Following Monday’s flash floods in Ulster and Leinster in particular, AA Rescue has been particularly busy in the Dublin and East coast areas with water damaged vehicles. The AA is now advising motorists whose vehicles have been partially or fully submerged in flood water to inspect their vehicles for signs of damage.
“On Monday evening we had numerous call outs to cars that had driven through flood water and stalled.” Says Noel Keogh, Head of AA Rescue. “Cars were also being abandoned on roads in Dublin, Wicklow, Kildare and other counties. We were still dealing with the backlog by Tuesday morning, when we had a fresh surge of car breakdowns and cars refusing to start. We can almost always repair them on the spot but unfortunately some motorists had done permanent damage to their engines by taking too big a risk with floods.”
“The engine’s air intake on many cars is lower down at the front of the car than many people realize and it can take just an egg cupful of water in the combustion chamber to wreck an engine.” Says Keogh. “Water doesn’t compress and the piston in effect hits a wall, bending or breaking a con rod. Driving fast, even if the intake’s above the water level could cause water to be ingested.”
While not always the case, water can cause extensive damage to a vehicle and its electrical system including your door locks, window mechanics and air conditioning are particularly vulnerable. With this in mind, AA Patrols who have been tasked to hundreds of vehicles with water contaminated engines and is advising concerned motorists to run through the following check list to assess for damage.
AA Rescue Checklist post flood vehicle check list:
- Check your oil level. If the oil level reading appears too high there may be water in your engine. If this is the case, don’t start your engine or you could risk doing major damage. If you’re an AA Member call the AA on 0818 667788 for assistance.
- Determine how deep the flood water that your car was submerged in was. Depending on the depth you may not have anything to worry about. However if it was badly submerged don’t start your car until a qualified technician such as an AA Patrol has thoroughly inspected your car. Extensive disassembly may be required for a thorough cleaning. Dirt and grit particles contained in flood water can be abrasive to your vehicle’s components.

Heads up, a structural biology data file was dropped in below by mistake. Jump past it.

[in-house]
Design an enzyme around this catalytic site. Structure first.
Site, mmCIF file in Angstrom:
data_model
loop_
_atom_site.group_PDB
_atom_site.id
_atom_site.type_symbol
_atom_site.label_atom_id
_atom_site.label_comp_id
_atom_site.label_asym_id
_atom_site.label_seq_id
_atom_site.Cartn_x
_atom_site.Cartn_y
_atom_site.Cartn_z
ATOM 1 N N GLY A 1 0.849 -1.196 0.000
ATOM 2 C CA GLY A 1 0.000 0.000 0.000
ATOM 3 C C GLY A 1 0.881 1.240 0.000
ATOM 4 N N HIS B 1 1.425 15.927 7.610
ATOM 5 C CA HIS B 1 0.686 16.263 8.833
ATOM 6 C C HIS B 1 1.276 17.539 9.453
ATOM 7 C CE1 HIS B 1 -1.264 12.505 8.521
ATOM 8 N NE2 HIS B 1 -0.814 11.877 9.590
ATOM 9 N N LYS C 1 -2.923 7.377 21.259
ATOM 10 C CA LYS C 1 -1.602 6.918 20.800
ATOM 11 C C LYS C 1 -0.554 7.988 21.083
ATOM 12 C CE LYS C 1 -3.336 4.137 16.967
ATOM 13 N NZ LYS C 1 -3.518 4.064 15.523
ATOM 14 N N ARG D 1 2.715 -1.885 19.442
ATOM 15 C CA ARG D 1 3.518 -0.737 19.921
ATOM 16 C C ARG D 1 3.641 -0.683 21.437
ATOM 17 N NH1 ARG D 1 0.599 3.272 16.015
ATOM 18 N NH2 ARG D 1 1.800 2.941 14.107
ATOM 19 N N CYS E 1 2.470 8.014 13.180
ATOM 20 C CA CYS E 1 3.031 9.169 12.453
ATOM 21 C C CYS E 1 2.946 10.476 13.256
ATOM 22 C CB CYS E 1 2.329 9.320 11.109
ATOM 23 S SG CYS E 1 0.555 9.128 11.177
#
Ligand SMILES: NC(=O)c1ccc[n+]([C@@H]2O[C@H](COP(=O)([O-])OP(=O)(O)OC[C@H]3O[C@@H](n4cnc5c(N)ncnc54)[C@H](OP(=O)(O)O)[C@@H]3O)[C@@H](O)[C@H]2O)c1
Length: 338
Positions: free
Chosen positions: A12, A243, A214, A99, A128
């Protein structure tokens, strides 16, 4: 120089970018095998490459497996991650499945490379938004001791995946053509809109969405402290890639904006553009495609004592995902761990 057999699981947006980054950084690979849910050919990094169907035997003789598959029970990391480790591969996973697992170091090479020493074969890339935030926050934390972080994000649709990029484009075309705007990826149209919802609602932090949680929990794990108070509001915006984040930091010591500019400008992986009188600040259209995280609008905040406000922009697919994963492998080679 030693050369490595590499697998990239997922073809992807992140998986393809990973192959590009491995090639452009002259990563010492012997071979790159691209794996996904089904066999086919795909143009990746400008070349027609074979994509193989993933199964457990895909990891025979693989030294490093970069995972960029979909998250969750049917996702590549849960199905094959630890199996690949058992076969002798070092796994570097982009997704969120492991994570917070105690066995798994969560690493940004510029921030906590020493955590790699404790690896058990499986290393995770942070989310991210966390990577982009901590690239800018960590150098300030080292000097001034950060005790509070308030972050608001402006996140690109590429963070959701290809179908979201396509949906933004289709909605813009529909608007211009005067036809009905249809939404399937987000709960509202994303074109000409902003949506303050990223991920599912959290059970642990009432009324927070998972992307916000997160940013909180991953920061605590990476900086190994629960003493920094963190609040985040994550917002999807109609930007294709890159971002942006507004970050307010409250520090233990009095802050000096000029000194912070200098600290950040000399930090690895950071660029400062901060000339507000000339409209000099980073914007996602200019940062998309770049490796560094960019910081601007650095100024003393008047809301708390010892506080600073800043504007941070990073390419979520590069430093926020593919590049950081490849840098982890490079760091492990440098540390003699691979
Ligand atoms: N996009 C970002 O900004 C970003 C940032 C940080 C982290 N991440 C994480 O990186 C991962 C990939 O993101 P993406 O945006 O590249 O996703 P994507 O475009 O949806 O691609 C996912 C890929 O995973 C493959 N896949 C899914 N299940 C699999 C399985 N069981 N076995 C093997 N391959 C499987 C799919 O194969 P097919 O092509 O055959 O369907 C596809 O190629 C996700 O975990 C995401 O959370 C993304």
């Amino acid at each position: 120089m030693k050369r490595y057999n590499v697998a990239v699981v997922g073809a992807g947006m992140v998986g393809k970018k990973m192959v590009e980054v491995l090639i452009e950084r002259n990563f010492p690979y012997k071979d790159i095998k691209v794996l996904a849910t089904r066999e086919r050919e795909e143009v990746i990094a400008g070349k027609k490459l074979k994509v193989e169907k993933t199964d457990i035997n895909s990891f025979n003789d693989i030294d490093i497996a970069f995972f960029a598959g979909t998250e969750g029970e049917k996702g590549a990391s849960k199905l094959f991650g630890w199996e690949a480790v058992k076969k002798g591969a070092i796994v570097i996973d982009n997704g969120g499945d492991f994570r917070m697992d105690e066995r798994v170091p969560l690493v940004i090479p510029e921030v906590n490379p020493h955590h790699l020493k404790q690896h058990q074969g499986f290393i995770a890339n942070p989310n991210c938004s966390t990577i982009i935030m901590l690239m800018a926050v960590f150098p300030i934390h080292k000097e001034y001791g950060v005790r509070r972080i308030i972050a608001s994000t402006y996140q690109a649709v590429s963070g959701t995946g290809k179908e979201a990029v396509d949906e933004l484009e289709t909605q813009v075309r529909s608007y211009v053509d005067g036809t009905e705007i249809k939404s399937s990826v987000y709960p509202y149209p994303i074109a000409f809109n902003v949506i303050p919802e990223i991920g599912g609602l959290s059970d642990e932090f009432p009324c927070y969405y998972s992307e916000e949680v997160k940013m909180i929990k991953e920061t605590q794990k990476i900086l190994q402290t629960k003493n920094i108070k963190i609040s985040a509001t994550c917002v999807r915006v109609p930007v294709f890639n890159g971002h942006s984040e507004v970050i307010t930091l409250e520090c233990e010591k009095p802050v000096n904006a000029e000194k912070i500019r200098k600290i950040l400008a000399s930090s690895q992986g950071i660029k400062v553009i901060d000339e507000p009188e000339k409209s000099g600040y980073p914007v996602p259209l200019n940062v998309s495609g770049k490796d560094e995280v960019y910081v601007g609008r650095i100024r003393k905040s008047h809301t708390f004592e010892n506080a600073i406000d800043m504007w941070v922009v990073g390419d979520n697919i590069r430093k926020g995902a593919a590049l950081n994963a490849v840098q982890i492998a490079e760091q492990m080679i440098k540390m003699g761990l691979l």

All contaminated fluids, such as oil, brake fluid, power-steering fluid and anti-freeze will also need to be replaced. Water sensitive electrical components are also likely to need replacement. Motorists should also be mindful that some side effects such as corrosion may not appear for several weeks to come.
Knowledge of the depth of the water your vehicle was submerged in will help the technician in assessing the potential damage done to your vehicle and the measures required to curtail the damage.
Also determine for what length of time your car was submerged. The prognosis for a vehicle submerged for a long period is generally less positive than one with short term exposure all other things being equal. This information will again assist the technician in assessing the degree of possible damage done.
Consider whether it was fresh or salt water that your car was submerged in.
Fresh water causes less damage to your car than salt water. Salt water can do irreparable damage to your vehicle’s body panels through corrosion and can also cause your vehicle’s electrical system to fail.
The AA, which is one of Ireland’s largest insurance providers with more than 200,000 customers is also advising motorists whose vehicles have been adversely effected by flood water to get in touch with their insurance provider to initiate their claims process.